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Emily Alspector's picture

Trends in science

I think Liz brought up a great point about what's "trendy". Today it's organic foods and "going green". Maybe in the future, talk therapy will be replaced completely by the idea of a quick fix, at least that's where it seems society is heading. It's almost as if taking prescribed medicines coulds become the next trend. But one thing we didn't discuss was the dangers of having a physical pill compared to talk therapy and CBT with respect to street drugs and even patients sharing with others. I'll admit I'm guilty of this; my mom allowed me to take some of her Xanex, prescribed to her to ease her on a plane ride, when I was taking a long plane ride of my own. Was the doctor wrong in the first place for prescribing xanex to a woman with no mental illness (except maybe neuroticism towards planes?)? That could be up for discussion another time, and this doesn't seem like a dangerous situation, but one can imagine a similar situation in which the drug of choice was meant for the patient, and it got into the wrong hands. The effects of CBT, because they are not physical entities, cannot be misused (or even abused), and, like Dr. Yadin stressed using "what we have", perhaps CBT is actually more valuable a tool than introducing new chemicals via external means. Another question of food for thought, what about the idea of accomplishment? Many people feel they have actually changed themselves and accomplished something after sitting through 20-30 sessions of therapy; they put in effort and see results based on the work they put in. With something like OCD, this can be more effective and maybe even lead to lower relapse rates than someone who just popped some pills. Some might consider this to be cheating, almost, and with no sense of accomplishment, not feel like they are really changed within, only superficially. Of course this is all just conjecture, but I think the main idea here, which I'm echoing from many other previous posts, is that CBT & drugs need to be administered simultaneously. I am just curious to see how either (or both) may affect the view of the self.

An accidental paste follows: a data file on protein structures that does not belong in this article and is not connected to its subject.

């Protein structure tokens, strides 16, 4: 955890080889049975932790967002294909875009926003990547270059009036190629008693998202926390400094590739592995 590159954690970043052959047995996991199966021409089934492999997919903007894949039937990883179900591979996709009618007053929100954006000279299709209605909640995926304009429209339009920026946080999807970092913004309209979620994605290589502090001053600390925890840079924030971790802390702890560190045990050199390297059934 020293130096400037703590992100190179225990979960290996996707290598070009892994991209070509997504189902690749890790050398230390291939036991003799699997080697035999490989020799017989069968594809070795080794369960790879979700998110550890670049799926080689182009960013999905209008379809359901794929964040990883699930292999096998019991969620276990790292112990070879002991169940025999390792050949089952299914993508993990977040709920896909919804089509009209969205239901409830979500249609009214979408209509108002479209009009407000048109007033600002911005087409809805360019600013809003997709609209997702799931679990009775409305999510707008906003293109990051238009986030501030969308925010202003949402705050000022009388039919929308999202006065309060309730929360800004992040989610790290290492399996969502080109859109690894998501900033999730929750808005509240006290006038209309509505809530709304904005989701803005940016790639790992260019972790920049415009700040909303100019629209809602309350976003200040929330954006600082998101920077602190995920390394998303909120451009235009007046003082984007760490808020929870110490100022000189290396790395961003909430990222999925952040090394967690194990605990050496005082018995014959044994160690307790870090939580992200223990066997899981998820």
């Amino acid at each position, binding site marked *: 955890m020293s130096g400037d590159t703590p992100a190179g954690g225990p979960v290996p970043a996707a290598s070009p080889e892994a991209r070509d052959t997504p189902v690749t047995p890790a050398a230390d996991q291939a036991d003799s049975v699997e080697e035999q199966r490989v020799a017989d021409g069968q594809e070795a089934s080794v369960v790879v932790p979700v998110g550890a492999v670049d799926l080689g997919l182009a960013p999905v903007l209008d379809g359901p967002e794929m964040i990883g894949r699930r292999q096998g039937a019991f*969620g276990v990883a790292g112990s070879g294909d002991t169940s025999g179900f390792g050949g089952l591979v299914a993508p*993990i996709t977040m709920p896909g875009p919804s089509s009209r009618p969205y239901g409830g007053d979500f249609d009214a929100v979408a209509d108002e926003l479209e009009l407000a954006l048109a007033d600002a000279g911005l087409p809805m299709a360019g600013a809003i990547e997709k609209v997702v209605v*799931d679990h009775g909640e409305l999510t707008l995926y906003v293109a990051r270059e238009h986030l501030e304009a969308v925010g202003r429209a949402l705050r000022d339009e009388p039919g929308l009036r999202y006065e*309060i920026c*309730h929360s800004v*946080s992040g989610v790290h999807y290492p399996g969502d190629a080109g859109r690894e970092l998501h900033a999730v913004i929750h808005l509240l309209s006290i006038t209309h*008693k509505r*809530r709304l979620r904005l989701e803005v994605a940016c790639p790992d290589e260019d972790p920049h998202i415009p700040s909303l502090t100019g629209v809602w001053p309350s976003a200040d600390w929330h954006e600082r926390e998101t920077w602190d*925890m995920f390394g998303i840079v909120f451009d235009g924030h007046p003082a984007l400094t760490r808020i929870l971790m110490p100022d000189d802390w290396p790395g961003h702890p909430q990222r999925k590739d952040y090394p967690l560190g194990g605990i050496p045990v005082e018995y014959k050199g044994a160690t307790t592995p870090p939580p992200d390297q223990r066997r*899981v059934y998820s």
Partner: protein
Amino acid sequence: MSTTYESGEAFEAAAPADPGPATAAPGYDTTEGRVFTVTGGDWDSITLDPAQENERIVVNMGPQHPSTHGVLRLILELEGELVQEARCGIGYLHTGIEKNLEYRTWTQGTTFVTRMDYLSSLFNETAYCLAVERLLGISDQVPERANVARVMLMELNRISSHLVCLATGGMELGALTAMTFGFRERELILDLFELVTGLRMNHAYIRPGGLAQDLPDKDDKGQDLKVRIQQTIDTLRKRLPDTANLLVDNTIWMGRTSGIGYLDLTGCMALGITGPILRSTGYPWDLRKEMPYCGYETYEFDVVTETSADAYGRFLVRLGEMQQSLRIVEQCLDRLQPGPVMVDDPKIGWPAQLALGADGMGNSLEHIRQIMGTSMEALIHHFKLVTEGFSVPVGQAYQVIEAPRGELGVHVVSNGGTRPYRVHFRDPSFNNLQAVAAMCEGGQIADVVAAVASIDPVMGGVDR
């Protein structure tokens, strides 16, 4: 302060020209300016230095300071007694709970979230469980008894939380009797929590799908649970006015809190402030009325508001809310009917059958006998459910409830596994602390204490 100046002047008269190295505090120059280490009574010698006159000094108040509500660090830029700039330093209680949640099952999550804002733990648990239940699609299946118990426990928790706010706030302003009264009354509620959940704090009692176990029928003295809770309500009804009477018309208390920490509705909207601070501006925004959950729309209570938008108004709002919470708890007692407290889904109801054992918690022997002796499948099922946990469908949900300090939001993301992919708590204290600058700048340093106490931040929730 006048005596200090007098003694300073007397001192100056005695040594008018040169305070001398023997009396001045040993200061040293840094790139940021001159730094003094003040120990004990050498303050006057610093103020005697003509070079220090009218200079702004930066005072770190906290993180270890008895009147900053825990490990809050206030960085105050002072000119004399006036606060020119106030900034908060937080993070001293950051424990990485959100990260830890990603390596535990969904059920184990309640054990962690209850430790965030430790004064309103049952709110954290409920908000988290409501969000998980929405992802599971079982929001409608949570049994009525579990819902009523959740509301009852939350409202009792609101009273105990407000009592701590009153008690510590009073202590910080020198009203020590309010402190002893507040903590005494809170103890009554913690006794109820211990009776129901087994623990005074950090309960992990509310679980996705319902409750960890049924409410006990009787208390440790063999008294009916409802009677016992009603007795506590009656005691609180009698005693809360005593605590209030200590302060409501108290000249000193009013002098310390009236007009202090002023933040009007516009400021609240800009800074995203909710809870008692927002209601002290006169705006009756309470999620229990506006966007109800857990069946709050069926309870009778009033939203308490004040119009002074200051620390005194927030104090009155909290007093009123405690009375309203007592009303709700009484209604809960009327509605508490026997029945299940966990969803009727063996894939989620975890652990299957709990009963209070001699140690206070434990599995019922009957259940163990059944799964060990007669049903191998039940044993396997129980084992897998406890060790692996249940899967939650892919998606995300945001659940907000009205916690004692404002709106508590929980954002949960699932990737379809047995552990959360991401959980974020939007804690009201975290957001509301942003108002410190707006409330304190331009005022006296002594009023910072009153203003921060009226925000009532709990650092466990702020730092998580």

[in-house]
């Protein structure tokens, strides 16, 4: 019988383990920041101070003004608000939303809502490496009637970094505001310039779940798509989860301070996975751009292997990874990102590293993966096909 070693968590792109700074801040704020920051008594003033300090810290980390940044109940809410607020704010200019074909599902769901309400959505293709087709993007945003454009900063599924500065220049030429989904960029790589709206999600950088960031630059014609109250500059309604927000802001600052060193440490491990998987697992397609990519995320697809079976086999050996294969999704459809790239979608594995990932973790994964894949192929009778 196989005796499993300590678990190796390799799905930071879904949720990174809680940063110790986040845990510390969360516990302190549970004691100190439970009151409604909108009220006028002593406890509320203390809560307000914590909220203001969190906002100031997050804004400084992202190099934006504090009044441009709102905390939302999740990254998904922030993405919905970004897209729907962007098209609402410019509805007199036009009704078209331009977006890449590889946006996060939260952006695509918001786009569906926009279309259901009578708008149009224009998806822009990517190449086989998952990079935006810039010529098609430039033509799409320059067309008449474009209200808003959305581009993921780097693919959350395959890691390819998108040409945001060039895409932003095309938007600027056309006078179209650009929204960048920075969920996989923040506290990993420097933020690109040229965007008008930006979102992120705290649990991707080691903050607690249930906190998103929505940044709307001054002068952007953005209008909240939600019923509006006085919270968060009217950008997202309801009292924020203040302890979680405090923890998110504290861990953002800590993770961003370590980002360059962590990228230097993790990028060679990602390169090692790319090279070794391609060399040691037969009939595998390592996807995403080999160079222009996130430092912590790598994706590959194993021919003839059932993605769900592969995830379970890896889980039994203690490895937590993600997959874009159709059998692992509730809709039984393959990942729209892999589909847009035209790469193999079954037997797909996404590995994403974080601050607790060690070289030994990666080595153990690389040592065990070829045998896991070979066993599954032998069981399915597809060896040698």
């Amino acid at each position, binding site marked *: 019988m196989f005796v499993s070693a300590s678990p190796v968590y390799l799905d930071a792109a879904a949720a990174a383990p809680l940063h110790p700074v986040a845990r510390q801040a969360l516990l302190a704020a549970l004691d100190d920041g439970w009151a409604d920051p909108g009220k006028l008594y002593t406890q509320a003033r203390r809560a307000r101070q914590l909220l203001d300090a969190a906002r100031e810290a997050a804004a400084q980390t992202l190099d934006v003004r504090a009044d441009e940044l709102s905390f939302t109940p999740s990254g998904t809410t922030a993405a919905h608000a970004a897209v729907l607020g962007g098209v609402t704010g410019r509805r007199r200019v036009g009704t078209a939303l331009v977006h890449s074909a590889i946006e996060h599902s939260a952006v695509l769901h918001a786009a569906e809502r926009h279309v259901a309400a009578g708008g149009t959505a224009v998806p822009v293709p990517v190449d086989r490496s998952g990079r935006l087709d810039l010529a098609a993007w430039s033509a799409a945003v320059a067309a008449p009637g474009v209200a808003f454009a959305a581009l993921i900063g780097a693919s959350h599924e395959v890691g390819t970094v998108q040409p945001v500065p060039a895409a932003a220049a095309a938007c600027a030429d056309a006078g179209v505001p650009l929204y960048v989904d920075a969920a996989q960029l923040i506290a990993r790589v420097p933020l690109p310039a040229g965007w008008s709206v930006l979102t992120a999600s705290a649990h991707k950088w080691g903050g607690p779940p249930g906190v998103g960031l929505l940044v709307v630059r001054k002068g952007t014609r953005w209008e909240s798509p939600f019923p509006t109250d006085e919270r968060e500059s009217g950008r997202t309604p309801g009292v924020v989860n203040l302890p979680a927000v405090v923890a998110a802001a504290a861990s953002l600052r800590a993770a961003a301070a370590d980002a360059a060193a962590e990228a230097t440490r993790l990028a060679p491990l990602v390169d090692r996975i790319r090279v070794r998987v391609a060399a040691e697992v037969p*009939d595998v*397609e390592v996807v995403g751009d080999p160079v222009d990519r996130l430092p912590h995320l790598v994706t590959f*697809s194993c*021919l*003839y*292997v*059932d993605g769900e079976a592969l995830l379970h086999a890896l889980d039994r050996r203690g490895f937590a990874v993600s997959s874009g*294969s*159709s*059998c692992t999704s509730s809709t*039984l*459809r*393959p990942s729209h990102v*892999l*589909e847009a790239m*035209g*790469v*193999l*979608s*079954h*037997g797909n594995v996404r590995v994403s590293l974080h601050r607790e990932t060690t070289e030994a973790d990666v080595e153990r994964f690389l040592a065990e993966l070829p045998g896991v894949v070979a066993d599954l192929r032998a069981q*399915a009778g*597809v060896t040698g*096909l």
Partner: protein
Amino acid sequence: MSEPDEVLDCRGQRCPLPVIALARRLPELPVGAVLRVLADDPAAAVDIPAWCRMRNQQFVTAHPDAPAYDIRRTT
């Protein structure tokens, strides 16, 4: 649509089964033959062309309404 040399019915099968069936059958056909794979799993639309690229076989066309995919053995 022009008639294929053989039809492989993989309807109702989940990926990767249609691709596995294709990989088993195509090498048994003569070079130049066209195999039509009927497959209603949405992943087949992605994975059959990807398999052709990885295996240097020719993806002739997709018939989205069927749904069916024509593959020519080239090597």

I also was wondering if there were many findings of patients becoming addicted to therapy; if the same chemical changes are occurring in CBT as in drug administration, and many people seem to become dependent on prescribed drugs, have there been findings of therapy addictions? If the reward pathways are enacted in both processes, I don't see why this wouldn't occur, although I've never heard of it.

We talked briefly about OCD and post partem depression, and how OCD mothers are the least likely to inflict harm upon their babies, which I found to be incredibly interesting. This made me think about possible attachment styles and how the baby develops. While the mother is keeping her baby from harm, she might become overbearing and cause unecessary anxiety in the baby. In addition, I'm wondering, then, if the effects that OCD has on a person (heightened anxiety & fears) could be induced on mothers with post-partem as a treatment? It seems strange, but the effects could be huge, if only to be used as a temporary remedy to keep the baby safe from harm. I also wonder what other positive affects having a disorder like OCD might have on someone. Maybe someone can help me brainstorm, but to think of induction of a disorder in order to cure another is not so far fetched, I don't think.



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